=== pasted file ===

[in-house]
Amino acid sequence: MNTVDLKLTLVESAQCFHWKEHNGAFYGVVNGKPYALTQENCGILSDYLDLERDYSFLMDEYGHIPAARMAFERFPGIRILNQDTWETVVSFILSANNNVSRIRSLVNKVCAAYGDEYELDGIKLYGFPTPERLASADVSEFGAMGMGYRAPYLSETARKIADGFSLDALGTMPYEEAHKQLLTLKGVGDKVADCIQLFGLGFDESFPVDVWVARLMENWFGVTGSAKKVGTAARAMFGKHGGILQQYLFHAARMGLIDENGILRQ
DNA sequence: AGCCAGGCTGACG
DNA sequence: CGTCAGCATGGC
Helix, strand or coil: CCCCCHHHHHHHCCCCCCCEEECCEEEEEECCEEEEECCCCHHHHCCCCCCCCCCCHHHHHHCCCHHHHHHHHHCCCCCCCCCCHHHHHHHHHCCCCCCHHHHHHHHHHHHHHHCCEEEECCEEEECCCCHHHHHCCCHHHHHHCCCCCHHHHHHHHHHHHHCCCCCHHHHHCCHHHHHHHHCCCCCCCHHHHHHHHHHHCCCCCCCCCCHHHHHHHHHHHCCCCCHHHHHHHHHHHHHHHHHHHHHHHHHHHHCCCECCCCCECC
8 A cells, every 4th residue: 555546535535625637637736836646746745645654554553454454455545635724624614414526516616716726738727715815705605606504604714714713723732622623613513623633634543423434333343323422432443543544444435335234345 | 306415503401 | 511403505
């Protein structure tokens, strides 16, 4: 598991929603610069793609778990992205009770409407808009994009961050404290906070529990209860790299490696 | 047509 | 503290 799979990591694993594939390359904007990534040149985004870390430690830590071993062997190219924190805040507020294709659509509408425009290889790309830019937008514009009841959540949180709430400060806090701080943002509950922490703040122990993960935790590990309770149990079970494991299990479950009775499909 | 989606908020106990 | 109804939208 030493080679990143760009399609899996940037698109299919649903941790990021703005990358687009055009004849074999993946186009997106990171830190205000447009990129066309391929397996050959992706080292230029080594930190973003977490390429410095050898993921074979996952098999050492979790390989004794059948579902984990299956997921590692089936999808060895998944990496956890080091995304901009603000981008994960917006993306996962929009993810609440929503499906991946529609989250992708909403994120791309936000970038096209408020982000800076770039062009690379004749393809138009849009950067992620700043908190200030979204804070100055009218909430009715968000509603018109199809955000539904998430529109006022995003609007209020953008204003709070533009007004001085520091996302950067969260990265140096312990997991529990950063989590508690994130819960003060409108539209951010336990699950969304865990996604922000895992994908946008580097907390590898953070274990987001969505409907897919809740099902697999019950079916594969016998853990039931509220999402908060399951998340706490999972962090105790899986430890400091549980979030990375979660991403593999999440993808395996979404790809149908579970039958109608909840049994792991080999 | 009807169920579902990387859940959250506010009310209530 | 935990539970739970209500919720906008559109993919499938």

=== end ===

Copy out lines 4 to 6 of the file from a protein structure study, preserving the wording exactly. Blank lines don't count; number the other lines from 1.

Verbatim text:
DNA sequence: CGTCAGCATGGC
Helix, strand or coil: CCCCCHHHHHHHCCCCCCCEEECCEEEEEECCEEEEECCCCHHHHCCCCCCCCCCCHHHHHHCCCHHHHHHHHHCCCCCCCCCCHHHHHHHHHCCCCCCHHHHHHHHHHHHHHHCCEEEECCEEEECCCCHHHHHCCCHHHHHHCCCCCHHHHHHHHHHHHHCCCCCHHHHHCCHHHHHHHHCCCCCCCHHHHHHHHHHHCCCCCCCCCCHHHHHHHHHHHCCCCCHHHHHHHHHHHHHHHHHHHHHHHHHHHHCCCECCCCCECC
8 A cells, every 4th residue: 555546535535625637637736836646746745645654554553454454455545635724624614414526516616716726738727715815705605606504604714714713723732622623613513623633634543423434333343323422432443543544444435335234345 | 306415503401 | 511403505